The 30-year fixed-rate fell in December, but a small rally at the start of 2022 has seen the rates increase to their highest level since May 2020 – more than a half a percent higher than Jan. 2021 when the rate sat at 2.65%.
The National Association of Realtors (NAR) and loan company Freddie Mac reported an average rate of 3.22%, while other financial advisors cited a rate of 3.35% - both figures indicating robust growth in demand and expectations for the coming year. The 15-year fixed-rate reached 2.43% compared to 2.16% a year ago.
Time NextAdvisor showed that some groups, such as Sage Mortgage, continue to offer rates of around 2.69% while Better Mortgage offered a rate of around 3.65%.
Fears over the COVID-19 delta variant around the summer of 2021 caused the rate to dip to 2.77%, according to Freddie Mac’s Primary Mortgage Market Survey (PMMS). The rally through the end of the year would suggest that the impact was temporary, and fears of the omicron variant had little to no impact.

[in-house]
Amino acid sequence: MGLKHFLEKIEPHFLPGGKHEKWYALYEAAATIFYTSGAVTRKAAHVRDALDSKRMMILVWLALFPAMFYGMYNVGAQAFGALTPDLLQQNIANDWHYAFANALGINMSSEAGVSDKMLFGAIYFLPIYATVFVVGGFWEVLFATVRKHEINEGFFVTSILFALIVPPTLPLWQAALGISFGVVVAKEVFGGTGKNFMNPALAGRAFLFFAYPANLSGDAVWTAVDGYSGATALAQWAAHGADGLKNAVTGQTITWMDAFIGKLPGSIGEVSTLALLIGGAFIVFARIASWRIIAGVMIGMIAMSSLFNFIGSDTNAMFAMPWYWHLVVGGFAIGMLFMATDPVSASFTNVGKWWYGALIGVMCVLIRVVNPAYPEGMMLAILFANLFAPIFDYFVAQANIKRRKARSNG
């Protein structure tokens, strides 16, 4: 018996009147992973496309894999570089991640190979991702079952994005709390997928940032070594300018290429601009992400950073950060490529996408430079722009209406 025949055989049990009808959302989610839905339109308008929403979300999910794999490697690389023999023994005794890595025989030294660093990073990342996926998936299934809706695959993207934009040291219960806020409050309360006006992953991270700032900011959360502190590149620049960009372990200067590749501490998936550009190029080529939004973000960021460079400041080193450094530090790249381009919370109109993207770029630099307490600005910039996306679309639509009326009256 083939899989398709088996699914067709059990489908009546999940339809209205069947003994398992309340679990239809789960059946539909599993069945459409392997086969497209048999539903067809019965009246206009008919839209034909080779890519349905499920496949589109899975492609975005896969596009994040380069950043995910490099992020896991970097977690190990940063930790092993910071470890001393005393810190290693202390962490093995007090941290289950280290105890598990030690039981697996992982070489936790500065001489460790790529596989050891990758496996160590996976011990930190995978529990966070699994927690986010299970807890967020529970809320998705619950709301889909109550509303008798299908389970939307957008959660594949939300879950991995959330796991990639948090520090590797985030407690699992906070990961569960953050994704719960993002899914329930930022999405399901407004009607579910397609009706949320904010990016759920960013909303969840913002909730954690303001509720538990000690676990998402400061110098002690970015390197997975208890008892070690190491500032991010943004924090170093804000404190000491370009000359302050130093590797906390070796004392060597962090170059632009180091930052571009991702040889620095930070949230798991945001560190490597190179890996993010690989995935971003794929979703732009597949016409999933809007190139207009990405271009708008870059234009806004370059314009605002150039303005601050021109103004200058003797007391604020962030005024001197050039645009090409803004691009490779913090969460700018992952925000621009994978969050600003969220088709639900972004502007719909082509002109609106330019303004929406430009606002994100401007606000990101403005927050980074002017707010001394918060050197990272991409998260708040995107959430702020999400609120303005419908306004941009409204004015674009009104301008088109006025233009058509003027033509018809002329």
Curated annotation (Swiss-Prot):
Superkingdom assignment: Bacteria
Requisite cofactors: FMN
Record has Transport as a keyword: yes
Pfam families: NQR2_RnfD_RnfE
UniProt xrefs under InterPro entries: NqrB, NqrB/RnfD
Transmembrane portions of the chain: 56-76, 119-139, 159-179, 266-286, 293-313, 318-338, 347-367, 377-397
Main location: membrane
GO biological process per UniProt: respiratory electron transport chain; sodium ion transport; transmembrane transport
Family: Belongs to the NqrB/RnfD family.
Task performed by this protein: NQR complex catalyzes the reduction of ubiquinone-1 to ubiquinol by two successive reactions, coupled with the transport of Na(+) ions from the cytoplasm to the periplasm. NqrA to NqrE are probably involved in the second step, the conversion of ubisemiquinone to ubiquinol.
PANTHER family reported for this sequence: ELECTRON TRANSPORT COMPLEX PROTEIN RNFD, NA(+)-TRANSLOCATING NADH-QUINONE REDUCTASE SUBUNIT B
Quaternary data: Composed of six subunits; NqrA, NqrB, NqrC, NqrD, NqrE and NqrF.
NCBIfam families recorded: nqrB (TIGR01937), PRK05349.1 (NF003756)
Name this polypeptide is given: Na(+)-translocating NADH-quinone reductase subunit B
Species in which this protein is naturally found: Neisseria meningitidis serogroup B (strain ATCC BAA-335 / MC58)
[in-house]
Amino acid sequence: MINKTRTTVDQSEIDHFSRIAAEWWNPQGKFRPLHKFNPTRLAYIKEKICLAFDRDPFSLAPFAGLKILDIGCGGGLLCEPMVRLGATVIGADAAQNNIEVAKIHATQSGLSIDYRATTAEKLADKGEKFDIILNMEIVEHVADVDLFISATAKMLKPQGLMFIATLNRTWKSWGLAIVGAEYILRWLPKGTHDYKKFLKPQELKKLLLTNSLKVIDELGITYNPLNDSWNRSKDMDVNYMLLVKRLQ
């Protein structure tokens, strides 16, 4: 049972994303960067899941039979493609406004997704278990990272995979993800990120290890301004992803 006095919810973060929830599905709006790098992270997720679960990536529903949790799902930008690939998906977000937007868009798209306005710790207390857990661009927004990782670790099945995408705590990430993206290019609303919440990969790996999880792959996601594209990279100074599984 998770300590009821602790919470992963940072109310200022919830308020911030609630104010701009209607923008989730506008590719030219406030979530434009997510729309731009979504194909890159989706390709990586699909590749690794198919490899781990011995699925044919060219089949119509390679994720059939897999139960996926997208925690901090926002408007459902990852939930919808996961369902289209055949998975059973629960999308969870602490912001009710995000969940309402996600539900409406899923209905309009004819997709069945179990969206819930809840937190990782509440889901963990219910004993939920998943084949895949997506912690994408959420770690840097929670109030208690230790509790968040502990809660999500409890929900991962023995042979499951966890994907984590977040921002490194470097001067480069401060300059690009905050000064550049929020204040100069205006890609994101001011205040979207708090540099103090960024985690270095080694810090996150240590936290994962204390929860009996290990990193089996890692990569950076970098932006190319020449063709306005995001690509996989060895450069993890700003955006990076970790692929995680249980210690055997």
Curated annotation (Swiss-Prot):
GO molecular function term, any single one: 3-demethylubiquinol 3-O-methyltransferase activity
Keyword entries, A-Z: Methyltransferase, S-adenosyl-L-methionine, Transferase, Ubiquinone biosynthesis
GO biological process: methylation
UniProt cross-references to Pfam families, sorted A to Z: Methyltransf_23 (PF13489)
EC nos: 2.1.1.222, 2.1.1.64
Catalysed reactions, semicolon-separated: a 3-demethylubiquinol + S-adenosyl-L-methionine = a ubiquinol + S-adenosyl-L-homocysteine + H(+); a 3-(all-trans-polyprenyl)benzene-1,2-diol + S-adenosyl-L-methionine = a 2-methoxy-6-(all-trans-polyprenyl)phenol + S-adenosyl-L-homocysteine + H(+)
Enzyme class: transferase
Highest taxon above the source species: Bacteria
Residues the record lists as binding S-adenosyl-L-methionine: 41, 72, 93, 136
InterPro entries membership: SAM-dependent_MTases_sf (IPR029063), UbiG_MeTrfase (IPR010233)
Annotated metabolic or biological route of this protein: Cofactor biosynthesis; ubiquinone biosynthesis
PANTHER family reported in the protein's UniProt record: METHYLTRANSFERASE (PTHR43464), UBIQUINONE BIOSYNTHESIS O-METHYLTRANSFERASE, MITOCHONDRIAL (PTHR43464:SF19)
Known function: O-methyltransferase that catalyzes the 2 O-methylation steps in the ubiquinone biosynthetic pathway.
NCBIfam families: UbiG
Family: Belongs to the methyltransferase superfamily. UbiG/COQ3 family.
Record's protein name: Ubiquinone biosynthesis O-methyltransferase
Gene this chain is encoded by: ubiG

"Elevated inflation and the Fed’s taper acceleration will move up mortgage rates in January. I expect the 30-year fixed mortgage rate to average 3.2 percent and the 15-year fixed mortgage rate to average 2.5 percent this month," said NAR Director of Forecasting Nadia Evangelou.
Evangelou credited the addition of 6 million jobs over the past year as a significant factor towards the increase in the mortgage rate.
The NAR forecast that rates could reach as high as 3.7% by the end of 2022.
The higher rate may deter some prospective buyers, but the demand for housing will remain "robust," the group predicted.
Freddie Mac also attributed the rise to higher inflation, with only a modest impact on demand due to first-time homebuyer growth.